Thursday, October 16, 2014

"Colossal" at Mixed Blood Theatre

"Clear eyes, full heart, can't lose." The excellent TV series Friday Night Lights is about all I know of football, and all I care to. But I still went to Mixed Blood Theatre's football-themed play Colossal, partly because I thought I heard rumors of a marching band (wrong, no band, just a three-person drumline), but mostly because it looked intriguing. Like Friday Night Lights, there's much to enjoy and appreciate about Colossal even for those of us who don't like football. Also like Friday Night Lights, the plot centers around a star player who was paralyzed during a game. It's a powerful story, beautifully told, with great innovation in the timing of the play and in the feats of athleticism on display. In fact it's so good, it almost made me like football, and that's saying something.

The audience is seated five minutes before game time, I mean showtime, with the sound of the drums and the football players' pre-show cheers. Mixed Blood's black box theater has been turned into a mini football field, with bleacher seats for the audience. Before the show, coach Stephen Yoakam puts eight strong, fit, athletic young men through a series of drills - catching, blocking, running - while an older man does yoga. For the first time I appreciated the athleticism of football; it's really quite beautiful in its own way, like a kind of a dance. The pre-show gives way to the start of the play, which is structured as four 15 minute quarters, with the time counted down on the scoreboard. One of the most remarkable things about this production is that the scenes end exactly on time. If they go too fast, there's dead air while we wait for the clock to run down. Too slow and they run out of time. But that never happened. And despite the short run time and the presence of the ticking clock, nothing feels rushed, there are still quiet moments of stillness filled with emotion. The logistics of the whole thing work like clockwork, but the artistry of the story is never sacrificed.

Mike (Toby Forrest) and the team
And the story that is told is beautiful, poignant, and tragic. In dueling realities, we see Mike after his accident (quadriplegic actor Toby Forrest, in a moving and heartfelt performance) and young Mike pre-accident (Torsten Johnson, full of energy and brash confidence). Young Mike appears like a devil on Mike's shoulder, keeping him from moving on and healing from the hurt. In addition to the physical injury, Mike is also hurting from a broken heart; he was in love with one of his teammates (like if Jason Street were in love with Smash), who hasn't come to see him since the accident almost a year ago. Mike's dancer father (the yogi, gracefully played by David Deblieck) doesn't know how to help him, and his physical therapist Jerry (the always excellent Ansa Akyea) tries, but Mike isn't willing. He continually watches a tape of his accident, as the football players and young Mike reenact it for us, pausing as Mike presses pause on his remote, unwilling to go past the impact to what happens next. Memories of Marcus (a charismatic Darius Dotch) and the relationship they had also hold him back. Over the course of an hour (unlike a football game, it really does only last an hour), Mike works to let go of the hurt so he can move forward with the life he has now.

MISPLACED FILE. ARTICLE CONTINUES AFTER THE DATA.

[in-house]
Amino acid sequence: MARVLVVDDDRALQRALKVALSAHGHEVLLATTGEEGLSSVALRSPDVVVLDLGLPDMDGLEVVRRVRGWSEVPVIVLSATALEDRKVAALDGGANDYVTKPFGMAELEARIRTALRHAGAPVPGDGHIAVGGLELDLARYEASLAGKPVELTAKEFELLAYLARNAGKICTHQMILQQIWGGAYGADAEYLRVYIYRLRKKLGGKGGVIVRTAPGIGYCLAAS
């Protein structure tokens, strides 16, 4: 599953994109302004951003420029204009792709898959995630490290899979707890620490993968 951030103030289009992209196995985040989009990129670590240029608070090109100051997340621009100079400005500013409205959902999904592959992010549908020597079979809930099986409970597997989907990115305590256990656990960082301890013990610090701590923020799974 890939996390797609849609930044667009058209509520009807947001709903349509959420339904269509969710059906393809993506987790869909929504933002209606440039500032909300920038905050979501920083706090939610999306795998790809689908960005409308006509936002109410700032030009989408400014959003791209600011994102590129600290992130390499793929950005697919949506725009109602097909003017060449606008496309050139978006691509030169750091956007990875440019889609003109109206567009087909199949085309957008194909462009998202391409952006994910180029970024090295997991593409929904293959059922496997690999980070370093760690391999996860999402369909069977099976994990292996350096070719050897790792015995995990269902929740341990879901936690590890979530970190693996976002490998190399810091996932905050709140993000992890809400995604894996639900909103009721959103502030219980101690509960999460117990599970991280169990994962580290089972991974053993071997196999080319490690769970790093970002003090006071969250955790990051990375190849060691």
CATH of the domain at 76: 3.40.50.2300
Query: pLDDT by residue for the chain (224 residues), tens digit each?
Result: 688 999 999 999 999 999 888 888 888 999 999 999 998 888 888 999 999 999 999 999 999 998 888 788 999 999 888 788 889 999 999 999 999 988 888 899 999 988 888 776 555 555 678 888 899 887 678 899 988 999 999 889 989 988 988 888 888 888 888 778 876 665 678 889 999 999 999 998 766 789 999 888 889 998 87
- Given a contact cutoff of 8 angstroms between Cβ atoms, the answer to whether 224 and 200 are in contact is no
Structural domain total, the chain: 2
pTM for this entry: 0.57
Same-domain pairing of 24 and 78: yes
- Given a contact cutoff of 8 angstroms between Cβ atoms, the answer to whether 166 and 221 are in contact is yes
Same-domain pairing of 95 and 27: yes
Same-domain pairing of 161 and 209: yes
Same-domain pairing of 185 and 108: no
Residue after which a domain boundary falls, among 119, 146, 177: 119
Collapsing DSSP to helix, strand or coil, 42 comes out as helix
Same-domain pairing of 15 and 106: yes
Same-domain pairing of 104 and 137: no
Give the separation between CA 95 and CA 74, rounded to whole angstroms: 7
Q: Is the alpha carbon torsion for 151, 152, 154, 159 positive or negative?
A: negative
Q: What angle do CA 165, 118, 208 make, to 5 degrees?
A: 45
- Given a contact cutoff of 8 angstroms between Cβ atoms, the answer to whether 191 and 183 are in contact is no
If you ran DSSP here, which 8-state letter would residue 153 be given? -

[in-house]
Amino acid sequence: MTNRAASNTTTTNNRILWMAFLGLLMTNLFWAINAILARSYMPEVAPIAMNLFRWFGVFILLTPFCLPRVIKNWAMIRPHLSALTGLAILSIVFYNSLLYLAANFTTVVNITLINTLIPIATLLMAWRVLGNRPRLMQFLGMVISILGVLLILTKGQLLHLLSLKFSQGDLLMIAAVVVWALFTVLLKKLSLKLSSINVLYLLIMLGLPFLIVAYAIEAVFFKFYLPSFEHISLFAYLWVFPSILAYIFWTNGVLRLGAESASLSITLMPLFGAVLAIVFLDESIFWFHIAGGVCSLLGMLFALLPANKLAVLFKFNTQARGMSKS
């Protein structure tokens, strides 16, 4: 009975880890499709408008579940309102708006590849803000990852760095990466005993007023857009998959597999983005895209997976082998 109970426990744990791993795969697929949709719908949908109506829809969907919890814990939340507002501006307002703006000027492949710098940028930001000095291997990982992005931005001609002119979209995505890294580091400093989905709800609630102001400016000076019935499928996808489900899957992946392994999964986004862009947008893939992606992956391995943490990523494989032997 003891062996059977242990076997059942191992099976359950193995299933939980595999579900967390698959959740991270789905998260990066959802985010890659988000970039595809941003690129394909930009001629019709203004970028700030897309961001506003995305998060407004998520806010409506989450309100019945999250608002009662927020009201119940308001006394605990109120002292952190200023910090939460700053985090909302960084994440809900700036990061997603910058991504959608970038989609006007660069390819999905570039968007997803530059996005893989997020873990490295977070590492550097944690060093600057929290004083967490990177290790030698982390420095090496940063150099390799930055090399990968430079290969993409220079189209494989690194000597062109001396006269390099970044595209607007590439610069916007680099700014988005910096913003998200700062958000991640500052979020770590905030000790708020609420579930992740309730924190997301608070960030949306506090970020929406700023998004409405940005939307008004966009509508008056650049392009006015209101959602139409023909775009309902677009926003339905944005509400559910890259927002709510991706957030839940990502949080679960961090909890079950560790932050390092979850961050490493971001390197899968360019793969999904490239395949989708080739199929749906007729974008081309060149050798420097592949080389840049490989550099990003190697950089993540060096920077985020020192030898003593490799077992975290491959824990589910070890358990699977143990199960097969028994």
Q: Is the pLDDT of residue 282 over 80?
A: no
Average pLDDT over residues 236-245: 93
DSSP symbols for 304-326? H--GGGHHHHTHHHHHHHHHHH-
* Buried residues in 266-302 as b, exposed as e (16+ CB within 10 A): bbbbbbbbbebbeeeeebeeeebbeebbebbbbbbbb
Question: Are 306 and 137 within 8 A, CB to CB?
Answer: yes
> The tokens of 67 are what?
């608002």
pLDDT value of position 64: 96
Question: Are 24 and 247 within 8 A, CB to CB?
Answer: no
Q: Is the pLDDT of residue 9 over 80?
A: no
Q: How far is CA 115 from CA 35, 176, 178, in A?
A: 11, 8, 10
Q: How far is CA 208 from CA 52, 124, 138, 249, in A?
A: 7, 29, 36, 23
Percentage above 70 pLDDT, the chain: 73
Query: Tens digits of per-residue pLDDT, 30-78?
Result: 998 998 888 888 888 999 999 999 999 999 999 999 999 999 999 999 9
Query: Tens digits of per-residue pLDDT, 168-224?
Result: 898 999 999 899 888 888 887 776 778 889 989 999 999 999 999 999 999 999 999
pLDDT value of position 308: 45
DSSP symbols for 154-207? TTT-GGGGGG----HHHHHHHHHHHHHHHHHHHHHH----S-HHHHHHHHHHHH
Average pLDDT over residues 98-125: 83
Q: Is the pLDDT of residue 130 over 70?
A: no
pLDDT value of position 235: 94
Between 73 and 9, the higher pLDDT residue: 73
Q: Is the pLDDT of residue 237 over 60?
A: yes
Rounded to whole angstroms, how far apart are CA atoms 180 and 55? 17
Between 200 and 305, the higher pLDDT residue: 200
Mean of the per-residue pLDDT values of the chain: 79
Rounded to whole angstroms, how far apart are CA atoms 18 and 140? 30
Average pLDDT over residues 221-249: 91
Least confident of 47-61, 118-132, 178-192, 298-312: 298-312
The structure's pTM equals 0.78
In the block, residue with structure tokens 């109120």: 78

a pre-injury Mike (Torsten Johnson) is flying high
Many artforms combine to create a truly innovative piece of theater. The drumline provides the soundtrack for the drills and game scenes. A beautiful dance entertains us at halftime, performed by Mike and his dad along with a troupe of dancers. The actors playing Mike's teammates run around the stage like athletes, and look like real football players in a real practice (at least to my football-ignorant eye). The entire theater has been transformed, from the set to the bleacher seats to the ushers in football jerseys. All woven together with a beautiful script by Andrew Hinderaker (who wrote this play in response to an "unproducible play" challenge) and smoothly brought to life by director Will Davis. There's a palpable energy in that room that's quite different from anything I've felt at the theater before.

I'm apparently one of the few Americans who doesn't like football (I haven't attended a game since high school, when I was forced to because I was in the marching band, hence my hope to see a marching band at halftime). But this play isn't about football. It's about a passion for something you love and sacrifice everything for, family that supports you no matter what, falling in love and making stupid decisions because of it, getting stuck in the past and having the courage to move past it, letting go of what was and embracing what is (aka "no day but today").

Don't expect to see me at a Vikings game anytime soon (or ever), but I do have a greater appreciation for the sport of football and its place in our culture, as well as the damage that it can cause. Whether you like football or not, head to Mixed Blood Theatre between now and November 9 to experience some truly unique theater. And you can't beat the price - all tickets at Mixed Blood are free thanks to their Radical Hospitality program (although donations are accepted, and advance reservations are $20).

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